Improvements will make Government Center Station wheelchair accessible for the first time, and will include new elevators, a new station entrance and lobbies, a new emergency exit-only structure on Cambridge Street between Court and Sudbury Street, new escalators, new LED signage, new and expanded fare collection area, upgraded back-up electrical power supply, improved interior finishes, and new station lighting, mechanical systems, and public address system. Additional vendor retail space will also be provided on both Green Line and Blue Line platforms.

During Government Center station's closure, Green Line trains can pass through, but will not stop there. The last downtown stop will generally be the following for each branch:

  • B Line (Boston College) will end at Park Street
  • C Line (Cleveland Circle) will end at North Station as usual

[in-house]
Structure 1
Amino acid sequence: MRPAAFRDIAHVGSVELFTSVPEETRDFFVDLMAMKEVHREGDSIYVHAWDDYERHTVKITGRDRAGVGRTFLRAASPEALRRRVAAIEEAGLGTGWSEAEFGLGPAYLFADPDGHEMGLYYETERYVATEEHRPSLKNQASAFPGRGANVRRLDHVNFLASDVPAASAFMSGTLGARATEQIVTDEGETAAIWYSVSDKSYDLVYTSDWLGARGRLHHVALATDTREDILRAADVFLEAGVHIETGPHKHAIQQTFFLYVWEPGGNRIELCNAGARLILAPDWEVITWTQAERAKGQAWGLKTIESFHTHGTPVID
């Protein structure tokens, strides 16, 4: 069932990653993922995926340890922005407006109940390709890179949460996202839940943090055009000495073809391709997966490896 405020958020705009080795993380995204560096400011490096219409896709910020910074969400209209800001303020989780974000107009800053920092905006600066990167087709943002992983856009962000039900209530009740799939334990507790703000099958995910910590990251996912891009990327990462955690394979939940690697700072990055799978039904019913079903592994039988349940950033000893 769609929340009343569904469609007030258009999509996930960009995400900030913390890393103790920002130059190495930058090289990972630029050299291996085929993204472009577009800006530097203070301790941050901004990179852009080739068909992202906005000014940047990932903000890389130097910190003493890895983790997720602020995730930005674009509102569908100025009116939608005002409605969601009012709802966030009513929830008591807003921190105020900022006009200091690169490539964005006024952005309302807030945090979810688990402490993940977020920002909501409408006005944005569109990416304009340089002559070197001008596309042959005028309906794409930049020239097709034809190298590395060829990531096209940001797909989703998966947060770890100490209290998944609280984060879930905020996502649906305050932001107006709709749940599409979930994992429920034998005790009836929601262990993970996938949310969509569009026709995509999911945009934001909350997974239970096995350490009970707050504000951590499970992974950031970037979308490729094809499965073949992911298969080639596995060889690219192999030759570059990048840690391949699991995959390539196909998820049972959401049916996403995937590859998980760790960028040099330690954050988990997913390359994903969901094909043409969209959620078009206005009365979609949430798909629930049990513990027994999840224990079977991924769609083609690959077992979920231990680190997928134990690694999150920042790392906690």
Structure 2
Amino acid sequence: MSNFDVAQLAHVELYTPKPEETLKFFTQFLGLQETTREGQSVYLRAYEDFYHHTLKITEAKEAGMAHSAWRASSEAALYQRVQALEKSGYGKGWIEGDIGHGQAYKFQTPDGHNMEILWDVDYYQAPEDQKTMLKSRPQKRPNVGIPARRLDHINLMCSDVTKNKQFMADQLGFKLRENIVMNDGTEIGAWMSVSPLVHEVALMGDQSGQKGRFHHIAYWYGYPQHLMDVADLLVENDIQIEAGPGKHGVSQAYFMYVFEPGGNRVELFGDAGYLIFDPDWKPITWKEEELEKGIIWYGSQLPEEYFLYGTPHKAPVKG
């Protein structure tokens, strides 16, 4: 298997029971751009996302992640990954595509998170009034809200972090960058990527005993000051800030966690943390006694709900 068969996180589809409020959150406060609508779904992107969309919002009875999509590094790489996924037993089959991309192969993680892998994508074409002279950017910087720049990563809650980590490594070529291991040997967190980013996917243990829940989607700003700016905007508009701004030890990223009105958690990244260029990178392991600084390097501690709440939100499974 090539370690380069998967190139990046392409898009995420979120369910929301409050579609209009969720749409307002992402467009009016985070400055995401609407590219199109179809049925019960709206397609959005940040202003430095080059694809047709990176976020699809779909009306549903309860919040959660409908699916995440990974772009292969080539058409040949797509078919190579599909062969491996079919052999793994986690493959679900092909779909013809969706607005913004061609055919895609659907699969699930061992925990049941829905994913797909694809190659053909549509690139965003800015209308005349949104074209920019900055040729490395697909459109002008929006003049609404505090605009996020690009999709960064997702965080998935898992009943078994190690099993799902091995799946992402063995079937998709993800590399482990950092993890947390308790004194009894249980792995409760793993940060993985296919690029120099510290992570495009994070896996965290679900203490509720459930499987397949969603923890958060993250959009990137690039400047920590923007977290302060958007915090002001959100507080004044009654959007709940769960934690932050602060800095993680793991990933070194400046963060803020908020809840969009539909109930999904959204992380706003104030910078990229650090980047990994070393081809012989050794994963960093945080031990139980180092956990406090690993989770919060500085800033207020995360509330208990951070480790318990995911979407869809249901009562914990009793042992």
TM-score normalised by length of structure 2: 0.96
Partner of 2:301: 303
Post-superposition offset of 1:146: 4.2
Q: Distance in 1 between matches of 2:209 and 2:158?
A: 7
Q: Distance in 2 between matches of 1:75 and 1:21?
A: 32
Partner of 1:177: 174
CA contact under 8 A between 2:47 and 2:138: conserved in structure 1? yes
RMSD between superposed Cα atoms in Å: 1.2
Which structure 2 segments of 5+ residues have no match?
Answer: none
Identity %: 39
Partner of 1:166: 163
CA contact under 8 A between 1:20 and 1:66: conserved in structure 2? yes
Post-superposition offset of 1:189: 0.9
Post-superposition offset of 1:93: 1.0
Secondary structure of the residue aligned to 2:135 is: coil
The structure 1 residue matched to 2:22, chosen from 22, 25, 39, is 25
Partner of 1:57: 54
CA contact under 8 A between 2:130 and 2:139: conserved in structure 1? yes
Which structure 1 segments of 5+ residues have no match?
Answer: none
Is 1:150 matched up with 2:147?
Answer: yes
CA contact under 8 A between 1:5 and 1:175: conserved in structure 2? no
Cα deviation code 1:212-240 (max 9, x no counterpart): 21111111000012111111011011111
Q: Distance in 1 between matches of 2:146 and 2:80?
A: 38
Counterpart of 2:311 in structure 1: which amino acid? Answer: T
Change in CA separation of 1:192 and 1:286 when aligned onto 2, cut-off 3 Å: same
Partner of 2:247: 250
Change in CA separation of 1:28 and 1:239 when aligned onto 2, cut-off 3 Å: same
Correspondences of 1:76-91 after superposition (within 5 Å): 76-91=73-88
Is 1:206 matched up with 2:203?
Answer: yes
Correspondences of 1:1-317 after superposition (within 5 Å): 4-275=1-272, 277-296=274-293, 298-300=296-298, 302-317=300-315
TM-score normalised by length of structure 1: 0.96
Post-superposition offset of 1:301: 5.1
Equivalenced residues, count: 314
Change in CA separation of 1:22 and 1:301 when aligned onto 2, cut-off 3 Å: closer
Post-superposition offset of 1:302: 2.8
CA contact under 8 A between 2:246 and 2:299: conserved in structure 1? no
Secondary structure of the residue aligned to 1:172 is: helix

• D Line (Riverside) will end at Park Street during rush hours, and North Station at other times
  • E Line will end at Lechmere as usual

While the station is being rebuilt, the recommended path of travel for Green Line customers connecting to the Blue Line is to ride to Haymarket Station and transfer to the Orange Line toward Forest Hills (southbound). Customers should then exit the Orange Line at State Street Station for Blue Line connections. The recommended path of travel for Blue Line customers connecting to the Green Line is to get off at State Street and transfer to the Orange Line toward Oak Grove (northbound). Customers should then exit at Haymarket Station for Green Line connections. Additionally, Bowdoin Station will be open during all hours of subway service, for the duration of Government Center's closure. A shuttle bus will also operate, leaving Haymarket Station busway every twenty minutes from 5:20 am to 12:20 am seven days a week (Sundays, the shuttle begins at 6:00 am). The bus will make stops outside State Street Station, Government Center Station, Bowdoin Station, and then return to Haymarket. [4]